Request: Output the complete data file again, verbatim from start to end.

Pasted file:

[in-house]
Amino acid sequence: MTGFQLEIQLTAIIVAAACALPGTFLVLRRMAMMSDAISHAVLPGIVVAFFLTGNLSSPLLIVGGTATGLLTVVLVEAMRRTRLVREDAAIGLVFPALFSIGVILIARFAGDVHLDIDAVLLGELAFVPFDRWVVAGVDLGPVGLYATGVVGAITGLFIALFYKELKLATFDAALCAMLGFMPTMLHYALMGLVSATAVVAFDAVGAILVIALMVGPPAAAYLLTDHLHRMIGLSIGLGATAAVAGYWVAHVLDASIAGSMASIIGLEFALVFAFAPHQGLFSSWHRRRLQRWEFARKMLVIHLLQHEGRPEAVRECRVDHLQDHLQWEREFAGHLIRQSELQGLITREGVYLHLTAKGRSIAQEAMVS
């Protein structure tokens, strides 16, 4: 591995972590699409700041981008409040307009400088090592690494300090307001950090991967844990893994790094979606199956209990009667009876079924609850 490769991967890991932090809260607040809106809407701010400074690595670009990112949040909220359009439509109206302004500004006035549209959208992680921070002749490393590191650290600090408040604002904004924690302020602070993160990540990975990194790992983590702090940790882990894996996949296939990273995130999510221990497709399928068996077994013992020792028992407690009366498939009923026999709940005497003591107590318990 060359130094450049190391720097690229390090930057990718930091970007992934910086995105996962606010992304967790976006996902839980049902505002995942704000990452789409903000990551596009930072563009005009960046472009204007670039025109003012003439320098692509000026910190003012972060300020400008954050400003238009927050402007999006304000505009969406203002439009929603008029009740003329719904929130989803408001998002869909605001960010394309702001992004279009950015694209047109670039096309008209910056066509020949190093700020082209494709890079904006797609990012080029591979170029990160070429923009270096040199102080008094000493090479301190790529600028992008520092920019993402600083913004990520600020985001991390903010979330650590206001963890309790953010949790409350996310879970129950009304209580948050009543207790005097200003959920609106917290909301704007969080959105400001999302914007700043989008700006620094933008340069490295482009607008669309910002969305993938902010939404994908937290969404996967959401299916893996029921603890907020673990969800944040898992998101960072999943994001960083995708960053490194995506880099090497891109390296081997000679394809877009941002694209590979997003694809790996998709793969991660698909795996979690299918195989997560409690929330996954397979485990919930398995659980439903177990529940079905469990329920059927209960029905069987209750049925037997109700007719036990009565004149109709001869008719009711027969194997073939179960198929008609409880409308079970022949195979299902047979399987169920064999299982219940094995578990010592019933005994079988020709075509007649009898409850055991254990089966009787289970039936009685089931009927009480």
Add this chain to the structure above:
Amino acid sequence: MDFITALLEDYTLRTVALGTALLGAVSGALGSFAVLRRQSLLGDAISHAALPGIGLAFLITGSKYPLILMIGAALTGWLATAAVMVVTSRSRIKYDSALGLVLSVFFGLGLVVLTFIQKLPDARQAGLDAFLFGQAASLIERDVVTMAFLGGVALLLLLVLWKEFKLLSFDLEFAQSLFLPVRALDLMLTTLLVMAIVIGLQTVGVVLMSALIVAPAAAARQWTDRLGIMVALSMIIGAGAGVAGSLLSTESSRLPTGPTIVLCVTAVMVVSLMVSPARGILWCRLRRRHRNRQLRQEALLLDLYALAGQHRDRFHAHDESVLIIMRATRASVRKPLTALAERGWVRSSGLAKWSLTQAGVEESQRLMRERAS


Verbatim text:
[in-house]
Amino acid sequence: MTGFQLEIQLTAIIVAAACALPGTFLVLRRMAMMSDAISHAVLPGIVVAFFLTGNLSSPLLIVGGTATGLLTVVLVEAMRRTRLVREDAAIGLVFPALFSIGVILIARFAGDVHLDIDAVLLGELAFVPFDRWVVAGVDLGPVGLYATGVVGAITGLFIALFYKELKLATFDAALCAMLGFMPTMLHYALMGLVSATAVVAFDAVGAILVIALMVGPPAAAYLLTDHLHRMIGLSIGLGATAAVAGYWVAHVLDASIAGSMASIIGLEFALVFAFAPHQGLFSSWHRRRLQRWEFARKMLVIHLLQHEGRPEAVRECRVDHLQDHLQWEREFAGHLIRQSELQGLITREGVYLHLTAKGRSIAQEAMVS
């Protein structure tokens, strides 16, 4: 591995972590699409700041981008409040307009400088090592690494300090307001950090991967844990893994790094979606199956209990009667009876079924609850 490769991967890991932090809260607040809106809407701010400074690595670009990112949040909220359009439509109206302004500004006035549209959208992680921070002749490393590191650290600090408040604002904004924690302020602070993160990540990975990194790992983590702090940790882990894996996949296939990273995130999510221990497709399928068996077994013992020792028992407690009366498939009923026999709940005497003591107590318990 060359130094450049190391720097690229390090930057990718930091970007992934910086995105996962606010992304967790976006996902839980049902505002995942704000990452789409903000990551596009930072563009005009960046472009204007670039025109003012003439320098692509000026910190003012972060300020400008954050400003238009927050402007999006304000505009969406203002439009929603008029009740003329719904929130989803408001998002869909605001960010394309702001992004279009950015694209047109670039096309008209910056066509020949190093700020082209494709890079904006797609990012080029591979170029990160070429923009270096040199102080008094000493090479301190790529600028992008520092920019993402600083913004990520600020985001991390903010979330650590206001963890309790953010949790409350996310879970129950009304209580948050009543207790005097200003959920609106917290909301704007969080959105400001999302914007700043989008700006620094933008340069490295482009607008669309910002969305993938902010939404994908937290969404996967959401299916893996029921603890907020673990969800944040898992998101960072999943994001960083995708960053490194995506880099090497891109390296081997000679394809877009941002694209590979997003694809790996998709793969991660698909795996979690299918195989997560409690929330996954397979485990919930398995659980439903177990529940079905469990329920059927209960029905069987209750049925037997109700007719036990009565004149109709001869008719009711027969194997073939179960198929008609409880409308079970022949195979299902047979399987169920064999299982219940094995578990010592019933005994079988020709075509007649009898409850055991254990089966009787289970039936009685089931009927009480």
Add this chain to the structure above:
Amino acid sequence: MDFITALLEDYTLRTVALGTALLGAVSGALGSFAVLRRQSLLGDAISHAALPGIGLAFLITGSKYPLILMIGAALTGWLATAAVMVVTSRSRIKYDSALGLVLSVFFGLGLVVLTFIQKLPDARQAGLDAFLFGQAASLIERDVVTMAFLGGVALLLLLVLWKEFKLLSFDLEFAQSLFLPVRALDLMLTTLLVMAIVIGLQTVGVVLMSALIVAPAAAARQWTDRLGIMVALSMIIGAGAGVAGSLLSTESSRLPTGPTIVLCVTAVMVVSLMVSPARGILWCRLRRRHRNRQLRQEALLLDLYALAGQHRDRFHAHDESVLIIMRATRASVRKPLTALAERGWVRSSGLAKWSLTQAGVEESQRLMRERAS